Mariano Parada, 34, an activist from the Society of Timor-Indonesia, a non-profit group that advocates for East Timorese residents in Belu district, said that after UNHCR ended its service in 2002, people were given a chance to choose repatriation or resettlement.
He said only repatriation was successful, while resettlement was a complete failure. Most Timorese expats settled in the district are living in severe poverty except for a small number recruited by government agencies or the police.
"It's a dilemma. We chose to stay but don't have a proper place to live. Many can't go back to Timor-Leste either. Life is very difficult," he said.
Parada fears such conditions will become a time bomb that one day will lead to conflict.
"When people can no longer endure the suffering, continuously living in uncertainty, I am afraid it will end up in revenge," he said.
"People have sacrificed a lot. They left their homes and some even killed other people during the pro-Indonesia war. When those sacrifices are not paid off, I am afraid people will be rebellious," he said.
According to Parada, the Indonesian government has not paid serious attention to their plight.
"We have organized many protests demanding the government to provide electricity, healthcare and education facilities in resettlement areas. But as of today, nothing has happened," he said.
In December 2016, people appealed to President Joko Widodo to help the lives of former Timorese, particularly with land certification. "But we have not received any response," Parada said.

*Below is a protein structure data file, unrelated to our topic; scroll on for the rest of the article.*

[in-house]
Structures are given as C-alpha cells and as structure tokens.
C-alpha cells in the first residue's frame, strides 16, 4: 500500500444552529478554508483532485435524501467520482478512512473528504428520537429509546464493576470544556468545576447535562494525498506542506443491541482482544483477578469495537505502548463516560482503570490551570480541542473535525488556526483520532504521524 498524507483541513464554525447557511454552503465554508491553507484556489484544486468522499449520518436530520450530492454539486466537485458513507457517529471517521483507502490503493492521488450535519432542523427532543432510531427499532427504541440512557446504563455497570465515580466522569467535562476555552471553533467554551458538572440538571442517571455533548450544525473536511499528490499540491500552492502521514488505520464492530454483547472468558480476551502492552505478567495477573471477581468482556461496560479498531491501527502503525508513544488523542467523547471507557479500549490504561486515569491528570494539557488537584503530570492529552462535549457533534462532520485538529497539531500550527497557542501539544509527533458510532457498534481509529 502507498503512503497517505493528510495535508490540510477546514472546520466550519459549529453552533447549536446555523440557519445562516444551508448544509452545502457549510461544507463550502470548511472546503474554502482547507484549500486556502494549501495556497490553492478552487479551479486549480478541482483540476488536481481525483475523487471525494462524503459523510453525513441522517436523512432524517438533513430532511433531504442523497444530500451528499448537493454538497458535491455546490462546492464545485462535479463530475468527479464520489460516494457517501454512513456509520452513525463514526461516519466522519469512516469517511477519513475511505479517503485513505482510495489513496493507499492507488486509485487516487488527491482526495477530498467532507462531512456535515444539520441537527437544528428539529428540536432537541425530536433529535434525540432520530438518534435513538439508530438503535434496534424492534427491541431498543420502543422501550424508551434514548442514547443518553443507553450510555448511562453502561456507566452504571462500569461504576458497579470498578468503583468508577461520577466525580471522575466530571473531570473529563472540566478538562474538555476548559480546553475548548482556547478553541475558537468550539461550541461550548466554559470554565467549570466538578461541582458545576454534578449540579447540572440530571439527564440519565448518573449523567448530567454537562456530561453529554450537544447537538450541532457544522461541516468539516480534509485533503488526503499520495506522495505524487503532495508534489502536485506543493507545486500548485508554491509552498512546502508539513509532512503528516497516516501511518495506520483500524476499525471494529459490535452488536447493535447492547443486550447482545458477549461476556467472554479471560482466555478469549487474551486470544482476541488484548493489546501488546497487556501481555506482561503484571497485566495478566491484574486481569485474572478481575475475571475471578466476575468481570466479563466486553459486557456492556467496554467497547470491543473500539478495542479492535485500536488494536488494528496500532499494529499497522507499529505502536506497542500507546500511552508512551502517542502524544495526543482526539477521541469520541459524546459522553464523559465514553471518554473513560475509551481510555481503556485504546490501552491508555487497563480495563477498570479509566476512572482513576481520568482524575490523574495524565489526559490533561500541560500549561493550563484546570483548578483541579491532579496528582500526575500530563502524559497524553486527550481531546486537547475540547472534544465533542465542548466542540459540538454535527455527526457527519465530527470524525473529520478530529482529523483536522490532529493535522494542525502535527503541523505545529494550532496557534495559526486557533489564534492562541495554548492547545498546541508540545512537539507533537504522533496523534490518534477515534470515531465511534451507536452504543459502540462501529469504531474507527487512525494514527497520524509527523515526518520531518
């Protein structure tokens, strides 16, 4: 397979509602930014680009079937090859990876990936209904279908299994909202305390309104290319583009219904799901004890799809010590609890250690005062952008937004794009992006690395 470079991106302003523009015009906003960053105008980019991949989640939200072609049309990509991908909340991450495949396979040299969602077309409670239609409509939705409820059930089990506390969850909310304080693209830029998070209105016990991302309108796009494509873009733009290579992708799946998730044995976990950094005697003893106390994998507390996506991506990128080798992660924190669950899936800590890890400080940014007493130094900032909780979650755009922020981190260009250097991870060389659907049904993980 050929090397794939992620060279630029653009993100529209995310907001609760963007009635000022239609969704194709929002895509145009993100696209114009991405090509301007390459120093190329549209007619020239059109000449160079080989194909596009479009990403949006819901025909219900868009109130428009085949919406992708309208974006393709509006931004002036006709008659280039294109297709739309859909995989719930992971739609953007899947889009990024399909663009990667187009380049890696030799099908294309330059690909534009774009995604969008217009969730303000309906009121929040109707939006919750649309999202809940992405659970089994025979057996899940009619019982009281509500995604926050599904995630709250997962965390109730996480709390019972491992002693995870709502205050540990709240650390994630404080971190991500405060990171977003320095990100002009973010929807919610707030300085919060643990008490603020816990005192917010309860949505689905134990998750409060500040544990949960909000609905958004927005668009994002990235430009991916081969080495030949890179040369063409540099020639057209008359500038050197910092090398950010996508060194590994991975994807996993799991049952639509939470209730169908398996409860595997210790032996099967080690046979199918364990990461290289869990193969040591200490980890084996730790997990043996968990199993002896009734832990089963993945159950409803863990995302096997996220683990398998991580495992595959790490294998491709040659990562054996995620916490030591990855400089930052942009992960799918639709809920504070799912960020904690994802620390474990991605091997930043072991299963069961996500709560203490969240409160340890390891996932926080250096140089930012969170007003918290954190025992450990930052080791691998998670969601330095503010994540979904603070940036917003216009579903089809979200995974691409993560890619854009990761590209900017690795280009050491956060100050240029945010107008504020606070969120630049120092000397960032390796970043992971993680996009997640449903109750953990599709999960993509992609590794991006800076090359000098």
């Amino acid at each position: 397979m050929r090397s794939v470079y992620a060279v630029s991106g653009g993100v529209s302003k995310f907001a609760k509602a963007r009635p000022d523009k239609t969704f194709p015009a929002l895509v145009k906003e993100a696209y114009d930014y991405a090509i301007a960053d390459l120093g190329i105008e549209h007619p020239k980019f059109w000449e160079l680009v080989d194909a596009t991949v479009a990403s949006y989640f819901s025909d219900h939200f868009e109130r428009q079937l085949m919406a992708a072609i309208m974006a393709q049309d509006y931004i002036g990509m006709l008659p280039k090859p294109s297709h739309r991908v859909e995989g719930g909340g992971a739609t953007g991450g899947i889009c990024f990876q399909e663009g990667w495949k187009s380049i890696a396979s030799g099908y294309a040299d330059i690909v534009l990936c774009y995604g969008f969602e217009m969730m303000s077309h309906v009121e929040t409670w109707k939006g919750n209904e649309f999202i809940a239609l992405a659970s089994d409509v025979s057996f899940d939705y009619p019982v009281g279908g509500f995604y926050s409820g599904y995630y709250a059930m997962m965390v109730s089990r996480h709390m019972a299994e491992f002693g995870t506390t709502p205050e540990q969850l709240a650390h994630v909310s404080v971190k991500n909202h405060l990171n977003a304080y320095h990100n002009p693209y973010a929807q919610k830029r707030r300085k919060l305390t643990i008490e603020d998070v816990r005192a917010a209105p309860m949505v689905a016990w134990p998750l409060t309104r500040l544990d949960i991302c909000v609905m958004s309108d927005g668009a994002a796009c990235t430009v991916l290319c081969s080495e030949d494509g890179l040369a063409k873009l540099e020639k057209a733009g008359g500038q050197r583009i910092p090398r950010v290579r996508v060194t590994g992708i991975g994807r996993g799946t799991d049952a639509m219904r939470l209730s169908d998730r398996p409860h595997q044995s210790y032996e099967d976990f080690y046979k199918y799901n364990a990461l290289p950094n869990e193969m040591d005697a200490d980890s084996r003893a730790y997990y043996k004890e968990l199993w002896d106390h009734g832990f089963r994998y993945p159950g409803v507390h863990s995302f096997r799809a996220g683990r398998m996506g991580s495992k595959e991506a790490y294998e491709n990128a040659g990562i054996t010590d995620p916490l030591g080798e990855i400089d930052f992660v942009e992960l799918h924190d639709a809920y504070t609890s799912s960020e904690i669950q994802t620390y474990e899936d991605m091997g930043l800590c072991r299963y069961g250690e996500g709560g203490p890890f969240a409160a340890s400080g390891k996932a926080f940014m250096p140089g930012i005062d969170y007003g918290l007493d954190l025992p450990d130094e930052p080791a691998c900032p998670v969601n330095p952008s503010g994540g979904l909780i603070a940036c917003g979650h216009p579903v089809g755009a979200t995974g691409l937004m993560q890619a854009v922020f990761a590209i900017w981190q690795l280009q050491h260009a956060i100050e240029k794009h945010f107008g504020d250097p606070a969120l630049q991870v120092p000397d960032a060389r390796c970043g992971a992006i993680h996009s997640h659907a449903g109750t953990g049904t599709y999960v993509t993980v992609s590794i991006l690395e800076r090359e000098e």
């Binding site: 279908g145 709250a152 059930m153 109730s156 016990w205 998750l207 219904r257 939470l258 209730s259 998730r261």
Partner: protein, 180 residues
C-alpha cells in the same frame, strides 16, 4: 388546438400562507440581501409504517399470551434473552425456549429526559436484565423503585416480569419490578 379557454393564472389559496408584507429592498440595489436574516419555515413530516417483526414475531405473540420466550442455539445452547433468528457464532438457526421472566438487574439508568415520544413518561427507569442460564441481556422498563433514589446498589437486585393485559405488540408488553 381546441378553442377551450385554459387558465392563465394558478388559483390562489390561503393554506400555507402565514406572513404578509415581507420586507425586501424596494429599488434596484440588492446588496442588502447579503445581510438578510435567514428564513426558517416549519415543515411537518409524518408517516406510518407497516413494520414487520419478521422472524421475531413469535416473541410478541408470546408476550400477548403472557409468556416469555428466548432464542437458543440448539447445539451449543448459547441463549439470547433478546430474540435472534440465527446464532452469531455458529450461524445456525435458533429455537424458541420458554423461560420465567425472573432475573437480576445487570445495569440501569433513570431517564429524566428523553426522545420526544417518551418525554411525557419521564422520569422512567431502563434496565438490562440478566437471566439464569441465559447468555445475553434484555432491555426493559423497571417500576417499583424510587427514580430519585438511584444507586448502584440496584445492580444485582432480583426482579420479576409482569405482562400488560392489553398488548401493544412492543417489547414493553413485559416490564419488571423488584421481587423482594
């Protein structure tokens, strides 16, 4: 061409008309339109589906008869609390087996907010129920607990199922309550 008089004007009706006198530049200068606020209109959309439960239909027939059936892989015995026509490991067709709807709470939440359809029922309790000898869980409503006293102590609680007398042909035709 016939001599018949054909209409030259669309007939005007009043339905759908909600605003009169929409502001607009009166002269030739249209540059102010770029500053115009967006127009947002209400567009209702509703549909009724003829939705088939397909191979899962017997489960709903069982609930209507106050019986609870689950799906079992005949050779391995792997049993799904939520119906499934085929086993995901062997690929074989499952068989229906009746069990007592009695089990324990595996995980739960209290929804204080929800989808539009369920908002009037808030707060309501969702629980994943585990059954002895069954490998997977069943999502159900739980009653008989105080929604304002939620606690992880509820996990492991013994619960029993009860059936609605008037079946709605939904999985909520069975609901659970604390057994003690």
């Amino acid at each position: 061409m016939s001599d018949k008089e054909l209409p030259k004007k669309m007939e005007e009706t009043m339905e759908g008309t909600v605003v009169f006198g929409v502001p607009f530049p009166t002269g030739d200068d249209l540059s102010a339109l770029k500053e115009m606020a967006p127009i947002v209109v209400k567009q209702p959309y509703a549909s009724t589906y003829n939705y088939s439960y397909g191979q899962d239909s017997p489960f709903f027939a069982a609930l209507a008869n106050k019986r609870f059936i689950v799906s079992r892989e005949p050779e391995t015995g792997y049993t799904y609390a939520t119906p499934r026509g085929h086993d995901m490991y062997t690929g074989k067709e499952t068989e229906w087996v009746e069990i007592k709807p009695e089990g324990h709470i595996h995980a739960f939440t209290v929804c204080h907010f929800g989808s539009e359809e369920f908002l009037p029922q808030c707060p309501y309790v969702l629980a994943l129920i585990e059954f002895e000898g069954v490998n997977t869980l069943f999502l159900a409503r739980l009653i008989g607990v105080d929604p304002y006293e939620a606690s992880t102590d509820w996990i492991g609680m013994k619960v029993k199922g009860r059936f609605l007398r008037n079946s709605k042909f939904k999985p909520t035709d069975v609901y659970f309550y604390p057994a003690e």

Challenge for church
Father Vincent Tamelab, parish priest of St. Mary of Fatima Church in Taklale, under Kupang Archdiocese, said 95 percent of its 18,000 parishioners are East Timorese expats.
They mostly come from the districts of Los Palos, Dili, Baucau, Viqueque, Aileu, and Manatutu.
The church, he said, has often voiced its concern and asked for government help to settle land problems, but it has not been successful.
"It's strange that the government said it had given land to the people in 1999, but until now it is unclear about the status of the land," Father Tamelab said.
Father Tamelab also highlighted the Raknamo Dam that was inaugurated by Widodo on Jan. 9. The dam, covering an area of 245 hectares, will provide irrigation and clean water for people in Kupang district, including Timorese expats.
The dam is certainly good for the communities around it, particularly landowners, but it may not be good for Timorese expats. The priest feared that when the dam is in full swing in the next few years, landowners will take over the management of land currently entrusted to the expats.
"We are cautious about this. Because when the land is taken from them, they will have nothing and this will trigger another conflict," the priest said.
The parish, he said, has changed its approach to parishioners, encouraging East Timorese Catholics to be open and reach out to local people.
"If something bad happens, it will not be widespread because they have built a good relationship with local people," Father Tamelab said.